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The Institute of Food Science & Technology (IFST, London) has released an updated statement on trans fatty acids, which it says “raise LDL (or “bad”) cholesterol levels in the blood, thereby increasing the risk of coronary heart disease.” Furthermore, the statement states that “IFST supports the WHO [World Health Organization] recommendations and subsequent recommendations from the UK Food Standards Agency (FSA), the European Food Safety Authority (EFSA) and authorities elsewhere, that manufacturers should reduce the levels of TFA arising from hydrogenation…”
In the United Kingdom, according to TRANSFAIR survey results, trans fatty acid intake (resulting from hydrogenation) was dominated by oils and fats (35.5%), biscuits (cookies) and cakes (16.5%), savory pies, etc. (3.5%), and chips and french fries (4.5%).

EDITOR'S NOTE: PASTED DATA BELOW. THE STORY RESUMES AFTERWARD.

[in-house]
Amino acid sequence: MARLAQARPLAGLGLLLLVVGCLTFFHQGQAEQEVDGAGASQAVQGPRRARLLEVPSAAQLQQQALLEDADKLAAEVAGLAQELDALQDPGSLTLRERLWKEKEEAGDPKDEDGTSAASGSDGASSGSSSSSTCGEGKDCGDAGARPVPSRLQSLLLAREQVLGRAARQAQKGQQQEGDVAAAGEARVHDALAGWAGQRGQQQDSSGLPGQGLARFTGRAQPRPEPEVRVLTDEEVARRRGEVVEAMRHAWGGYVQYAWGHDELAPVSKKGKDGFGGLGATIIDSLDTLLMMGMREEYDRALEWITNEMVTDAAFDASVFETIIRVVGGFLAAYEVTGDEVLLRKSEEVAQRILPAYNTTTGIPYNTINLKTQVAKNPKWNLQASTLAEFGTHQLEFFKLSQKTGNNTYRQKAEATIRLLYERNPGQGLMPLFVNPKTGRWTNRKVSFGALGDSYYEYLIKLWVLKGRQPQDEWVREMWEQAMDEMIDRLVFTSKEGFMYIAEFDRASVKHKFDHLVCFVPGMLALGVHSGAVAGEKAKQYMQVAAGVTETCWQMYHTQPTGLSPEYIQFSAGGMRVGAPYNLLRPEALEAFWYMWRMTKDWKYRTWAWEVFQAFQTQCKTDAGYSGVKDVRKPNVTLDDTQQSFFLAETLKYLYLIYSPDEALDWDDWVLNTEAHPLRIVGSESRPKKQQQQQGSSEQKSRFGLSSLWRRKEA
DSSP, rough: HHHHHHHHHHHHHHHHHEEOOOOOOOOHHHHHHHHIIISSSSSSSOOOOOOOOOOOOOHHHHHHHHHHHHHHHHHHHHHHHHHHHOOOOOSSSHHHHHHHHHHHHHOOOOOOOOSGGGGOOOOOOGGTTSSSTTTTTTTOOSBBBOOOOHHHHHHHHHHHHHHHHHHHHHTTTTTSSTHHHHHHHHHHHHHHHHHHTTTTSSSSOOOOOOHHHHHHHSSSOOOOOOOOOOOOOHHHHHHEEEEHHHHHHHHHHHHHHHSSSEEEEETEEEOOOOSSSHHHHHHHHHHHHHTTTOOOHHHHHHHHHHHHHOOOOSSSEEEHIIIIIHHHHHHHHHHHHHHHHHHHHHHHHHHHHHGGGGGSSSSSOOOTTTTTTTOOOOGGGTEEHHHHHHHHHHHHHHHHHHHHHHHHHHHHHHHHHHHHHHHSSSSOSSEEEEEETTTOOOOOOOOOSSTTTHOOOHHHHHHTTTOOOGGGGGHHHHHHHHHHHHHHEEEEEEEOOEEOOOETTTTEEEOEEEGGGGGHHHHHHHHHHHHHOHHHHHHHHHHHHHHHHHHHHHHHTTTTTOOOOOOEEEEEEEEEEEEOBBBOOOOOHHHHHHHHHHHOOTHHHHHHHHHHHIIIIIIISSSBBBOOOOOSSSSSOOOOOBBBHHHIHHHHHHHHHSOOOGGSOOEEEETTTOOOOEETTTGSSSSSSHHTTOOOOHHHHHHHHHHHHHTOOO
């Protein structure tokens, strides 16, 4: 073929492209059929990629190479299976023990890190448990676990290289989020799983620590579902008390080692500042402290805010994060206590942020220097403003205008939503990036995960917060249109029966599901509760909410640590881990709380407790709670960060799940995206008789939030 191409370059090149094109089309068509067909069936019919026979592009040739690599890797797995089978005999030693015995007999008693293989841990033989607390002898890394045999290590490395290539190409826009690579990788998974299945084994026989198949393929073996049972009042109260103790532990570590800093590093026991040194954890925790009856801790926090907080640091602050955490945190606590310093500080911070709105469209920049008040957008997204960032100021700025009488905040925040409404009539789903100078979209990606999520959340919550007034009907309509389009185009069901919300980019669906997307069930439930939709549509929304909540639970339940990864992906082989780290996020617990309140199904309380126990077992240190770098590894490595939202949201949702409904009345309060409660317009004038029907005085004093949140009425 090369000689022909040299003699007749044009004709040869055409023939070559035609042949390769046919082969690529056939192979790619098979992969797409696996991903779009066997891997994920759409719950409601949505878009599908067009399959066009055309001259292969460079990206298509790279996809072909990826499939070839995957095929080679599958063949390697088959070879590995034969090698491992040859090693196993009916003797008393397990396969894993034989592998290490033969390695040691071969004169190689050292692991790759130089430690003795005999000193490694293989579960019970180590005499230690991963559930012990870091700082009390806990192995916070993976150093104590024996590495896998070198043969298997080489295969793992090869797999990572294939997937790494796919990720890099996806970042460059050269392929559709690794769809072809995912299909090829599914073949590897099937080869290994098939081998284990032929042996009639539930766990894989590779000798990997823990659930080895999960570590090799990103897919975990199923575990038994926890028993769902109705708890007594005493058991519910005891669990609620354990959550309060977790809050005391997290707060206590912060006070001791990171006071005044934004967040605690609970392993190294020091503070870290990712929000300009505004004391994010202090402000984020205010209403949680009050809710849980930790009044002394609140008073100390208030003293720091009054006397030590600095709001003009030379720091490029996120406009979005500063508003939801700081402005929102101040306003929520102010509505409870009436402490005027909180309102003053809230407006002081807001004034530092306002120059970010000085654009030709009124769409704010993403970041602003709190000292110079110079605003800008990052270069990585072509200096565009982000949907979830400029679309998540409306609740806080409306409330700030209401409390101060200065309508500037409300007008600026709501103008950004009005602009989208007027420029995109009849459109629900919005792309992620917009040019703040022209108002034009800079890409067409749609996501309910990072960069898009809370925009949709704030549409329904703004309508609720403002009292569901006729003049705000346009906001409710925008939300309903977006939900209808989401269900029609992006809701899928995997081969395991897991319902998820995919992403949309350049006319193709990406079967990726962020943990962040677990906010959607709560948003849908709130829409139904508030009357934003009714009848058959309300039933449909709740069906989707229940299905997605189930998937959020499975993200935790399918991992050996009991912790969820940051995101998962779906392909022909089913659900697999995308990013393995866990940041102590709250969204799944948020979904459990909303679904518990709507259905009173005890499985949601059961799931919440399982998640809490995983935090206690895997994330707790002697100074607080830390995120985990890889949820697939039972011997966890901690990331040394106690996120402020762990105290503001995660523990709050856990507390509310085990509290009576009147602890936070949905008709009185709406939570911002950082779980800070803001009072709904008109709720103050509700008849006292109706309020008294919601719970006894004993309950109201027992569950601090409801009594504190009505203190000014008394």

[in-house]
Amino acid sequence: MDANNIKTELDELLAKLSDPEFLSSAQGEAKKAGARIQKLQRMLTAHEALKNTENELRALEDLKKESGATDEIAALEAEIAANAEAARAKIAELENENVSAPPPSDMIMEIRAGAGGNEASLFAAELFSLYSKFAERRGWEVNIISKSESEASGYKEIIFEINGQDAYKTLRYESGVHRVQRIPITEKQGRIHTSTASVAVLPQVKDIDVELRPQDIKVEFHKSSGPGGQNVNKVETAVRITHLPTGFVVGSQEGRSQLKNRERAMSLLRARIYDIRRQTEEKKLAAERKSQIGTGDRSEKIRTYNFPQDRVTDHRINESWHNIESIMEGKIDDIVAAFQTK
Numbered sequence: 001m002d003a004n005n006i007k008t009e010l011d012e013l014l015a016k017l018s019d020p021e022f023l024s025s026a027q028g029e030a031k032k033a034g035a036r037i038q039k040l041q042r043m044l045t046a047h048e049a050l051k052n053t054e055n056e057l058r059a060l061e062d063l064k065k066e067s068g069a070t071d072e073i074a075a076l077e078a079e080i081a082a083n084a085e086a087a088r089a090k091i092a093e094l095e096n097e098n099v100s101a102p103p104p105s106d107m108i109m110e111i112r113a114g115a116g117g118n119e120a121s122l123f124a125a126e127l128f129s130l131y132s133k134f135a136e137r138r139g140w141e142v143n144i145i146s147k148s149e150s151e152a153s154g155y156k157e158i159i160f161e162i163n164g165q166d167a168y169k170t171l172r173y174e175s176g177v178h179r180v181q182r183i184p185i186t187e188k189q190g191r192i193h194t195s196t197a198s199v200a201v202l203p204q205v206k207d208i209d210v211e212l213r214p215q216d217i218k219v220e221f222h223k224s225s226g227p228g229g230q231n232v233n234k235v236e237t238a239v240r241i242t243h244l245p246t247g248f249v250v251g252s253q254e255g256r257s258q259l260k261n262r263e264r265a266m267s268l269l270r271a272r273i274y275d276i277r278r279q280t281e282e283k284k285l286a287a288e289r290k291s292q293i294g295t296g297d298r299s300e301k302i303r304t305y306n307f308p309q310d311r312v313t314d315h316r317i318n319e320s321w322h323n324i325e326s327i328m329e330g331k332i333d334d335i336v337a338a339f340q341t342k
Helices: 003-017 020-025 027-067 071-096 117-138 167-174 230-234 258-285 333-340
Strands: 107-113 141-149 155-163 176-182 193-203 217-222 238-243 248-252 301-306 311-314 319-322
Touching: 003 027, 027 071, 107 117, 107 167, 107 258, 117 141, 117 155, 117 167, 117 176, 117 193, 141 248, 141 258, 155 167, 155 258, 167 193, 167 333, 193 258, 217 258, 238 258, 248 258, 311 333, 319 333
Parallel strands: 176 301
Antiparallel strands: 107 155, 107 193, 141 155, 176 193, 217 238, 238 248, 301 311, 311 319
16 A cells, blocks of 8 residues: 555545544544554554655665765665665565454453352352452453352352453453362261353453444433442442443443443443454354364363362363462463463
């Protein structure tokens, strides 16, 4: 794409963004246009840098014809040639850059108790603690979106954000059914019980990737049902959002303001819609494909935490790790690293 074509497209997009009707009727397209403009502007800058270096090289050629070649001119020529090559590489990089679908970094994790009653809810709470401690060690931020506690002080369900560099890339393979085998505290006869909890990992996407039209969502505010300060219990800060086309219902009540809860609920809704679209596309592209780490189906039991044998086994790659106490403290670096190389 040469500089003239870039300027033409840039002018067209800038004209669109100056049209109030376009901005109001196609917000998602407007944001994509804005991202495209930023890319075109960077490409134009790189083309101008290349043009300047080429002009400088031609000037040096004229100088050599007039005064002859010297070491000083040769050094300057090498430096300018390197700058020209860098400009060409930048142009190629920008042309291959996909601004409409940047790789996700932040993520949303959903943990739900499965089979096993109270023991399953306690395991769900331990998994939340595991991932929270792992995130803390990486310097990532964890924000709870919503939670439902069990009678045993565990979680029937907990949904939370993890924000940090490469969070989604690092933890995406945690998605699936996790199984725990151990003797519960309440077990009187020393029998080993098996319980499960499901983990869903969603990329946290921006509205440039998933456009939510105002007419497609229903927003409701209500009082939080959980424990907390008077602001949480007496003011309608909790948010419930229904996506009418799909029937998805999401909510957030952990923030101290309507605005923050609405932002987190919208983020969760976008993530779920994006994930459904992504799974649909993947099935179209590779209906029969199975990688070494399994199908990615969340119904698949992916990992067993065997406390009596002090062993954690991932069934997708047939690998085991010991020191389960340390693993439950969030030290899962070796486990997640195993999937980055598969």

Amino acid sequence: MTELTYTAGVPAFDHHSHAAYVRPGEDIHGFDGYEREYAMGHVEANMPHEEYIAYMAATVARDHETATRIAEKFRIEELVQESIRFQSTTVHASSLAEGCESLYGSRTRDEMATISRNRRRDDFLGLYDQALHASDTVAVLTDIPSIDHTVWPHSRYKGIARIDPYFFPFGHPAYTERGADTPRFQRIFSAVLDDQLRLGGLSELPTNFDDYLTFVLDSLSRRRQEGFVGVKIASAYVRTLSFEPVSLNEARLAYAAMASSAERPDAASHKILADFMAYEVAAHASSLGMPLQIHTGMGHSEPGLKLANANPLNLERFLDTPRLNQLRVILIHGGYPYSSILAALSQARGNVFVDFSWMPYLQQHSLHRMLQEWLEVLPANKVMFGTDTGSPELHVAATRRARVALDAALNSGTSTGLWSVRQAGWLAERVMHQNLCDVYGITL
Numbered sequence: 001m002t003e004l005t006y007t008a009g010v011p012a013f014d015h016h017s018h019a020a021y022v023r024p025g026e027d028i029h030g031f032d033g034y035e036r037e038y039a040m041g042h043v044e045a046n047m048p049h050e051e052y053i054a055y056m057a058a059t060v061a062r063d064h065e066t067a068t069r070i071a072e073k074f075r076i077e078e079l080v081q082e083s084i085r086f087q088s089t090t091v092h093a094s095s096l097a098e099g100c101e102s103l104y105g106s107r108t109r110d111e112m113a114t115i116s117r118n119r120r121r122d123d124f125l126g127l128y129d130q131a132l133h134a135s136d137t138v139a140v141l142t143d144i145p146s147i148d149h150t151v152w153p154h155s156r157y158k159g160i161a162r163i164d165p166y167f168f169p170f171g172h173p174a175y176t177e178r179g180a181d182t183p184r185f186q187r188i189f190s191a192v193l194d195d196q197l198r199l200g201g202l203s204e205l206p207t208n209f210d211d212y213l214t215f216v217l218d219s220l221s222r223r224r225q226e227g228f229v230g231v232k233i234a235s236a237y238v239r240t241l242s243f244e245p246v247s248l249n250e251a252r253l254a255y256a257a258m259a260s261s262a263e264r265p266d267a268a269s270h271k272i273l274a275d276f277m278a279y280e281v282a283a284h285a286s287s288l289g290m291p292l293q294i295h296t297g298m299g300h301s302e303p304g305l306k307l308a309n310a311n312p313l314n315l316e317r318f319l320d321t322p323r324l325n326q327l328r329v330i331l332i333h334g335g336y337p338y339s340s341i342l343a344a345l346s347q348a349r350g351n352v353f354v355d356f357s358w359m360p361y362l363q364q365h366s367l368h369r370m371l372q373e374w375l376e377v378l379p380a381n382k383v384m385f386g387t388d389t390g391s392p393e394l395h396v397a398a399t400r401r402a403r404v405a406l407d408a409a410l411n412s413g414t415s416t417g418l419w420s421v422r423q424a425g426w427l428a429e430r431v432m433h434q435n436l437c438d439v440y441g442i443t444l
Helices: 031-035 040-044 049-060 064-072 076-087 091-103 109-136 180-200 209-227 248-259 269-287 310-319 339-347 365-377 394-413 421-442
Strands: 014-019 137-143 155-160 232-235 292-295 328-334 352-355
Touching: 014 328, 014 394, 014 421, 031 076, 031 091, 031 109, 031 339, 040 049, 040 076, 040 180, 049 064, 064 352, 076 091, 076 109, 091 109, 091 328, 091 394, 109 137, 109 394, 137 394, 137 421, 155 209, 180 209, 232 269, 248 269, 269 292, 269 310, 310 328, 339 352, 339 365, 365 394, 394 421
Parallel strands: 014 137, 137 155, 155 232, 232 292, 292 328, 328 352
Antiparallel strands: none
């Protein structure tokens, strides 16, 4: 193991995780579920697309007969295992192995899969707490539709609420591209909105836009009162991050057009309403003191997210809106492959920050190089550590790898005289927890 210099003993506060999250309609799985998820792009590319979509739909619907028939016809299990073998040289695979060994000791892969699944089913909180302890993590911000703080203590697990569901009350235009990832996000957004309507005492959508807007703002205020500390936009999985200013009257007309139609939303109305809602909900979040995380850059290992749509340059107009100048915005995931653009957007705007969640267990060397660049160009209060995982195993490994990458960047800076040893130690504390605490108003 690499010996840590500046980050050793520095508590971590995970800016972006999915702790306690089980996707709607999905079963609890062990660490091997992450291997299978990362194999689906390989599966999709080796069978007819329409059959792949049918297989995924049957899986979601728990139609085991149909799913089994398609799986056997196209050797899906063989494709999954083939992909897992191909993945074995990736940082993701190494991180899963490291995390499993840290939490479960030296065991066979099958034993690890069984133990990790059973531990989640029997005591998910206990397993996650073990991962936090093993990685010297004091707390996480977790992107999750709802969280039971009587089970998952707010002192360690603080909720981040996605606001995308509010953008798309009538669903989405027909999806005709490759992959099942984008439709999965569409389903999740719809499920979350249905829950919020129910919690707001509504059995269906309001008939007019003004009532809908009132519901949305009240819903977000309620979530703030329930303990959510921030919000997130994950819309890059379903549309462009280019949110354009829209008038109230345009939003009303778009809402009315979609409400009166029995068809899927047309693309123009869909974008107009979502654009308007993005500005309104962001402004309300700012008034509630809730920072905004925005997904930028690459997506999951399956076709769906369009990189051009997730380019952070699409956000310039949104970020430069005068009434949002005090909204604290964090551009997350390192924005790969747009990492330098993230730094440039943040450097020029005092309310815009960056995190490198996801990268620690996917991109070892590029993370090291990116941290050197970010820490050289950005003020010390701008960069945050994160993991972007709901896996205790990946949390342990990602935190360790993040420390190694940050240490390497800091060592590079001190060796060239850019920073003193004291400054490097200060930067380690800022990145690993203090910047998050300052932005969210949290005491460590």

The IFST announcement follows the British Retail Consortium’s recent voluntary elimination of industrially added trans-fats from all member-owned brand lines by the end of 2007. Meanwhile, numerous US cities have banned or are contemplating trans fat bans, at least on menus. For the full IFST statement, visit www.ifst.org.